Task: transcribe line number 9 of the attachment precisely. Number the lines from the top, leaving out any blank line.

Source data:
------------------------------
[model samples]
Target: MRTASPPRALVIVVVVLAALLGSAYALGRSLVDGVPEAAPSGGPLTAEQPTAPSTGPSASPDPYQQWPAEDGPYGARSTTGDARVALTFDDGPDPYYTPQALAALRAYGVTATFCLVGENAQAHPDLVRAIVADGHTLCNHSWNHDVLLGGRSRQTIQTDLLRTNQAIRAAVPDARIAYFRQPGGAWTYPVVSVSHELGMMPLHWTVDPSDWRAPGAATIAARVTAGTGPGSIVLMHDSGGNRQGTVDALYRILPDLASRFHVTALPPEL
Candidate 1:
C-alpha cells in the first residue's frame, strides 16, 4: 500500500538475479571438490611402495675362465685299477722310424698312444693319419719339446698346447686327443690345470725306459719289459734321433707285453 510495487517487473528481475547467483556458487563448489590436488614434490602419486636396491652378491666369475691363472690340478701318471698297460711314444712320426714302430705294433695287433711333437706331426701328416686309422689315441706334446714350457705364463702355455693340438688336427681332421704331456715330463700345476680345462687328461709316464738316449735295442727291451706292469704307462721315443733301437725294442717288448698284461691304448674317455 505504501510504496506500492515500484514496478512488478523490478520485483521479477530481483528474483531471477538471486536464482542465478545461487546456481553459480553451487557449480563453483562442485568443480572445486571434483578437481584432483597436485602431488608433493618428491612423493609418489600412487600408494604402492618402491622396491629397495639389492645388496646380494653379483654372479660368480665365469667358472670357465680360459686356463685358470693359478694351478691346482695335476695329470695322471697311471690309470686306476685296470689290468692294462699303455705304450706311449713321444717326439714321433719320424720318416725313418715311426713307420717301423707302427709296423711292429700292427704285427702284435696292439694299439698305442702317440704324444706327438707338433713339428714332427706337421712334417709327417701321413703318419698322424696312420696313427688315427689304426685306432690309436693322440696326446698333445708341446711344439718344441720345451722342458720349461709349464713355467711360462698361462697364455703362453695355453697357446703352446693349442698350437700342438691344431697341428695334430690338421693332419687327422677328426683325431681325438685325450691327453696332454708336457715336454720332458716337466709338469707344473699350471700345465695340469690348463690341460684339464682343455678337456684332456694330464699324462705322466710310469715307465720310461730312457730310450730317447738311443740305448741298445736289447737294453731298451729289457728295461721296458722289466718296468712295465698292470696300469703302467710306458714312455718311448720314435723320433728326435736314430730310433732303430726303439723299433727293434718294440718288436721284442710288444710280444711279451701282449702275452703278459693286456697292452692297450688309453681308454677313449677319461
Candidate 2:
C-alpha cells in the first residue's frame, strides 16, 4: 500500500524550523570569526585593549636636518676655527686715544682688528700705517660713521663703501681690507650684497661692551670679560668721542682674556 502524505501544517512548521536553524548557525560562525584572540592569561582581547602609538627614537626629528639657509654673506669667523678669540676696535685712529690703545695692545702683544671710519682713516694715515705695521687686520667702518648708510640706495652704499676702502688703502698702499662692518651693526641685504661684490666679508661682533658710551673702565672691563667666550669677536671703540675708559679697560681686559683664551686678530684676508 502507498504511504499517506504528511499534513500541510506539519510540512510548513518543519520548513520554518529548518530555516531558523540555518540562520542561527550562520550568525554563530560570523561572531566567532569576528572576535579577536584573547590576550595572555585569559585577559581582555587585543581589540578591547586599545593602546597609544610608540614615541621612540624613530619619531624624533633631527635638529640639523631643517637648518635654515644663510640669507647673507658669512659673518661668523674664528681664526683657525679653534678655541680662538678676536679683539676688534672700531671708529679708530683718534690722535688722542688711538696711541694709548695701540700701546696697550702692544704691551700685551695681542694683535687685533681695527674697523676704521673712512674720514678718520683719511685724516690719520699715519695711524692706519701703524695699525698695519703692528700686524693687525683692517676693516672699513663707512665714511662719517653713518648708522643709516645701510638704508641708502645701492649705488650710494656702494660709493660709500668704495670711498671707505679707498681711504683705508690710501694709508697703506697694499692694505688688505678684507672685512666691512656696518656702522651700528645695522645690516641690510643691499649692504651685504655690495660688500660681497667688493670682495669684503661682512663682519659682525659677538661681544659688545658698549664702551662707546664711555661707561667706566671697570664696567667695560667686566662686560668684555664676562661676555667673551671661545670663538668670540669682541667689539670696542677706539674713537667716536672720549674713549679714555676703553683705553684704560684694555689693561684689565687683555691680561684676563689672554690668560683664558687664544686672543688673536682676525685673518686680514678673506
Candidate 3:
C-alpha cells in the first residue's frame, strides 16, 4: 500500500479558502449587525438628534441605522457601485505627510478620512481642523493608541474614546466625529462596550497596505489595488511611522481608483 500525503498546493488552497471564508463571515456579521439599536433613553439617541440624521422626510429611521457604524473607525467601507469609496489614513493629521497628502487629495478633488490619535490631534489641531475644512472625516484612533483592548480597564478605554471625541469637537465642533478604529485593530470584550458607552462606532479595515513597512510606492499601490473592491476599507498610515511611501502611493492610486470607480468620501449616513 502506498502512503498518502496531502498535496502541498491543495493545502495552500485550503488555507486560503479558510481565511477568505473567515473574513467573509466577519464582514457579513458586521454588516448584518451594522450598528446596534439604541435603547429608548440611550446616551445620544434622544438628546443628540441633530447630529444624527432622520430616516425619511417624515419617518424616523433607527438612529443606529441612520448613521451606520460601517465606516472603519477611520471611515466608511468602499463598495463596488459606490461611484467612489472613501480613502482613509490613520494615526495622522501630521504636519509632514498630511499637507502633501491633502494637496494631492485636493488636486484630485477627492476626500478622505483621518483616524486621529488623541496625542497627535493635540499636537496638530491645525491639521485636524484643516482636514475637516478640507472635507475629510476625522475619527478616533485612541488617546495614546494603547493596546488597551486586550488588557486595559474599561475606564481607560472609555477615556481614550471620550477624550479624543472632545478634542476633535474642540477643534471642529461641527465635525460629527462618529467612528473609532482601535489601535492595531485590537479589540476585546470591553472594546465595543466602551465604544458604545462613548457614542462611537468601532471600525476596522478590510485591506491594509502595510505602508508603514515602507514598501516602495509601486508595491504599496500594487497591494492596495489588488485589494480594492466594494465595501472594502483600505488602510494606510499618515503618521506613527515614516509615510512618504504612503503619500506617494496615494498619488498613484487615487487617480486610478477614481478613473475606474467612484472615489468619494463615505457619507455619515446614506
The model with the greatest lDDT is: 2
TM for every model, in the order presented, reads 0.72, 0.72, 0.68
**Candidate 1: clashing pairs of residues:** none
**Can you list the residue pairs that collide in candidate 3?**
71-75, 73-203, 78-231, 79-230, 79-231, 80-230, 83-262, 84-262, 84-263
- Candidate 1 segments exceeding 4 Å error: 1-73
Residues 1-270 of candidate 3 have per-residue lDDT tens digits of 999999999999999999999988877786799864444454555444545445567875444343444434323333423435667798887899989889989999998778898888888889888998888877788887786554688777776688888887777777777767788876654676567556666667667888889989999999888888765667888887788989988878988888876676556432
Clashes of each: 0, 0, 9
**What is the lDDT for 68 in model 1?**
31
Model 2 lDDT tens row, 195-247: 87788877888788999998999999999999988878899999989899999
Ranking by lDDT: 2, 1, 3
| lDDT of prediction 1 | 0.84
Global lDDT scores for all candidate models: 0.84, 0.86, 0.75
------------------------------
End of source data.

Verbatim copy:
The model with the greatest lDDT is: 2